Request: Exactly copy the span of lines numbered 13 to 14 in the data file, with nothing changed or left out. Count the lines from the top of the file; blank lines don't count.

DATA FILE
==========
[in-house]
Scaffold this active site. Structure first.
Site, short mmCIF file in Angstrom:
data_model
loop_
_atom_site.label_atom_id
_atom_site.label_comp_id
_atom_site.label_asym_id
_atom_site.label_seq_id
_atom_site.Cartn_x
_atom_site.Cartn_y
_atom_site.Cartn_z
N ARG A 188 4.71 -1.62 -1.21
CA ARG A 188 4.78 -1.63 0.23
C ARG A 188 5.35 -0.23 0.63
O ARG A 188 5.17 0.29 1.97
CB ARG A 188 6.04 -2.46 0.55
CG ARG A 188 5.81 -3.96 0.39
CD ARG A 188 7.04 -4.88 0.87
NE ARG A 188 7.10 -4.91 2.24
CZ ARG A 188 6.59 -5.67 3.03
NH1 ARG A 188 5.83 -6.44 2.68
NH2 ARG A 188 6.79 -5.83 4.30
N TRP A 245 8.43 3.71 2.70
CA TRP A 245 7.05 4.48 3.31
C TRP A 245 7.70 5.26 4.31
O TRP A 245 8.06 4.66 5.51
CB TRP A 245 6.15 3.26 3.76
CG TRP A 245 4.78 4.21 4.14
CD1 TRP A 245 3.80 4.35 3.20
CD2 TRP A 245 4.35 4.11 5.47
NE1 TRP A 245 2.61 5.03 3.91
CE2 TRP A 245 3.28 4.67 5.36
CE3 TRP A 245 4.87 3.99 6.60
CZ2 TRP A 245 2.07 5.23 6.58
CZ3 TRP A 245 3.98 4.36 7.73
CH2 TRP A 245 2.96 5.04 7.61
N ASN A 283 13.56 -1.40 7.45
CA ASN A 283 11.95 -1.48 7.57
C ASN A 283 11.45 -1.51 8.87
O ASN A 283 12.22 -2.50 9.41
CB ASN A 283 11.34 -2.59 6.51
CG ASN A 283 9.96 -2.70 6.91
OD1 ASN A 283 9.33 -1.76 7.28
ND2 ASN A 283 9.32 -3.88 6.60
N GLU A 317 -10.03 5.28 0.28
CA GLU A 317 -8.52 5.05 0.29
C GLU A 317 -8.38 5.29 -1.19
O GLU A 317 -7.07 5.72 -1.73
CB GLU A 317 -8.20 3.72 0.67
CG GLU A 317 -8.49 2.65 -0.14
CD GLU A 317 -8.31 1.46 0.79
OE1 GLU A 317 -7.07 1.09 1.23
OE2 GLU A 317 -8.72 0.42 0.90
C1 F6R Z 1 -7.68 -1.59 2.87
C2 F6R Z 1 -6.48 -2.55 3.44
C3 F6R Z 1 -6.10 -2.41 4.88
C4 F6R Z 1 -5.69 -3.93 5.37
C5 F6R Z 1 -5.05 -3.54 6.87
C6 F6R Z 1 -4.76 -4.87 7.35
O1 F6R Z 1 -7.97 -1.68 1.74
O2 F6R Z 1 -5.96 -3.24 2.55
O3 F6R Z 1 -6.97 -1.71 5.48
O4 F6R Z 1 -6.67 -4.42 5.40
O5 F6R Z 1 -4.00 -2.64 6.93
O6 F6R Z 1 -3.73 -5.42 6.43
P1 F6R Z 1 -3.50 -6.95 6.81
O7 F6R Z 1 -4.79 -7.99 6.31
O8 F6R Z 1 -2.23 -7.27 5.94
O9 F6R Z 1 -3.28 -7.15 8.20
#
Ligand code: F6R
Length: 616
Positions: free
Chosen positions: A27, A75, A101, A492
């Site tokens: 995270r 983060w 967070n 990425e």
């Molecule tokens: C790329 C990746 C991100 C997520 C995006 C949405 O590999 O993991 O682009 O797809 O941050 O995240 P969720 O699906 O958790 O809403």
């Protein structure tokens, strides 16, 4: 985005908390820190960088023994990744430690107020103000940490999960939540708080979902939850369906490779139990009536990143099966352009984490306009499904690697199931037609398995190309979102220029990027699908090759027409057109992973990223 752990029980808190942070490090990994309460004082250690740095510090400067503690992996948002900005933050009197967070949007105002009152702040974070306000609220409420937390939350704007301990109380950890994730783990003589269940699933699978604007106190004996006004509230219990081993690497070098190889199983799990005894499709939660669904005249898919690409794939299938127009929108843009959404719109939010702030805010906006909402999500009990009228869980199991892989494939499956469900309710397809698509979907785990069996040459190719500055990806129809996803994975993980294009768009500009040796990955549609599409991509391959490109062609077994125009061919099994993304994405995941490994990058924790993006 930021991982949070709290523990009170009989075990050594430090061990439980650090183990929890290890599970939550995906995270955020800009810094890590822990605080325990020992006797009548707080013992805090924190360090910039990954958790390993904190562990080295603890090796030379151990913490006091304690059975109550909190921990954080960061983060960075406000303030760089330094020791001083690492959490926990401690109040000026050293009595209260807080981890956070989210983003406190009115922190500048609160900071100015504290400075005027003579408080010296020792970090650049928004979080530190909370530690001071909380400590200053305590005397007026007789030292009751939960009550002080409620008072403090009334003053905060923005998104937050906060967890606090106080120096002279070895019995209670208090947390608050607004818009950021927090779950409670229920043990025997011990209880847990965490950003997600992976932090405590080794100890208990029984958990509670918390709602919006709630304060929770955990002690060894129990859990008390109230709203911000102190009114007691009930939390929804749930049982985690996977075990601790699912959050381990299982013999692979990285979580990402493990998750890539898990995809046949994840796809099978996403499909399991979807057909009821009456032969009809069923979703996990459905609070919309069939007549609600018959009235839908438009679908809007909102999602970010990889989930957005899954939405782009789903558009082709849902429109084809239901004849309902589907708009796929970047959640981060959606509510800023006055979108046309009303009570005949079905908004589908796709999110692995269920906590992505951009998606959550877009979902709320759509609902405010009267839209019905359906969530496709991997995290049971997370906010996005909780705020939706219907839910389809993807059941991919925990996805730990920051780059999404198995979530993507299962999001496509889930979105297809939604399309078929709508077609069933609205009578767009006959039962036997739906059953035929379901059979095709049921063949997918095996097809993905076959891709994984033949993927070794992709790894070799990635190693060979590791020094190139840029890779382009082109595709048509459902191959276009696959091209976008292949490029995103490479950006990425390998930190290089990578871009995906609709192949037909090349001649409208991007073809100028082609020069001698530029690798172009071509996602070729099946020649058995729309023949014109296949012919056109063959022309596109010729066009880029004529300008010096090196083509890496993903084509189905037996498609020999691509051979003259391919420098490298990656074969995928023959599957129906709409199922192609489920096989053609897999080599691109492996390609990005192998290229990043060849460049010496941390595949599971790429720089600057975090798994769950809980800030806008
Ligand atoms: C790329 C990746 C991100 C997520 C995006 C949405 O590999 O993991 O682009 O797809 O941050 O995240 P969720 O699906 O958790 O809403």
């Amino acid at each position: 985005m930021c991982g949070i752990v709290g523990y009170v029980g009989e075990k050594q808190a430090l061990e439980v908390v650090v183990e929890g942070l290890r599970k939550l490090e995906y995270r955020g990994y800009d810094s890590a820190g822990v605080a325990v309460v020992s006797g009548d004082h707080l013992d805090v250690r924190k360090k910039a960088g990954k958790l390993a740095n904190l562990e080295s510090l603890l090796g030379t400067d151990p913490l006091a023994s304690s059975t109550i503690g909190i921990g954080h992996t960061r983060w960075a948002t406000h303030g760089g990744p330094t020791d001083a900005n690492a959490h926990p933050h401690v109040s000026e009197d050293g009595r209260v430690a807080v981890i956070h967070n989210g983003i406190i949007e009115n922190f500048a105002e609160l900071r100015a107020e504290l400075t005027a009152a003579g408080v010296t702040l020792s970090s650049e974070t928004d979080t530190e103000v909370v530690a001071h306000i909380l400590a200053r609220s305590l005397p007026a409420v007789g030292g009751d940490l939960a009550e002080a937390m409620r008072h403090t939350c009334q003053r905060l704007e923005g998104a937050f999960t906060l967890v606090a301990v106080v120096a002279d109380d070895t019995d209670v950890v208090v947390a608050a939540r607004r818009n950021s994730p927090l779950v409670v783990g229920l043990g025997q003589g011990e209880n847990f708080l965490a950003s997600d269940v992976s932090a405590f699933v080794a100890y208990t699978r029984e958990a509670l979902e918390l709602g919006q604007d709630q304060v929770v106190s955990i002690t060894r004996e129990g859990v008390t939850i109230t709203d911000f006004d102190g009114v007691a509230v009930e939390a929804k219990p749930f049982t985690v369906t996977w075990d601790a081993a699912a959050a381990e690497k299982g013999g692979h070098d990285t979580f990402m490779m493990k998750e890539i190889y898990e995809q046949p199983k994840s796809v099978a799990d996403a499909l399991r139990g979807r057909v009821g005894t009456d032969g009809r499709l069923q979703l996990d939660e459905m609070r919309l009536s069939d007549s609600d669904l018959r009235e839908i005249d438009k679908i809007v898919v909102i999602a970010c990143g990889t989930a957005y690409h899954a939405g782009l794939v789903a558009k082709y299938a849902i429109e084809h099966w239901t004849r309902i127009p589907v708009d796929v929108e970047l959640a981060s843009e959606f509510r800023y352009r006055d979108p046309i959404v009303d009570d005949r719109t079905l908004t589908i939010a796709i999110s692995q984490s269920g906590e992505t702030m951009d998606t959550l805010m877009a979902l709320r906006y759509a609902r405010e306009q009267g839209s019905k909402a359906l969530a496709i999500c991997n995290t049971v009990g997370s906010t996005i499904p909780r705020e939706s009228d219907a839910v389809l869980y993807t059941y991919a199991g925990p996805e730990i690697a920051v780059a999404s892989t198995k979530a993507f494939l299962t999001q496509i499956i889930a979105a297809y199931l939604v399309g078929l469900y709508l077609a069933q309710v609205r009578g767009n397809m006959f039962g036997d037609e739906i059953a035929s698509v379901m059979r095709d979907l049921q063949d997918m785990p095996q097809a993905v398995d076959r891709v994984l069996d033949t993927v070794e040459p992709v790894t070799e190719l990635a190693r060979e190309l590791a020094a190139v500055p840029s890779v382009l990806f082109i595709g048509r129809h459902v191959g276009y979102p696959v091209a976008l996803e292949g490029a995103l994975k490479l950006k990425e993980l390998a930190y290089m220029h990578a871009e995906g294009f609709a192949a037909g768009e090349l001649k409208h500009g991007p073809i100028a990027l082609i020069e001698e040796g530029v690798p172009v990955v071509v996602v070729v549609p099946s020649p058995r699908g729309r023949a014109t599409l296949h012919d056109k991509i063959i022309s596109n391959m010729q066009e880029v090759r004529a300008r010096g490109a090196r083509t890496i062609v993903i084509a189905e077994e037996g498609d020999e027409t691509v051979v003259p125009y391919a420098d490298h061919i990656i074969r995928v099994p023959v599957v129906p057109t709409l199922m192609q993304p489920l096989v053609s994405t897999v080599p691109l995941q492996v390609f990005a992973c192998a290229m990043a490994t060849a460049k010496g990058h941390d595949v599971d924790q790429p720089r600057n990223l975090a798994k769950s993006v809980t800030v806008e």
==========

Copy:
N ARG A 188 4.71 -1.62 -1.21
CA ARG A 188 4.78 -1.63 0.23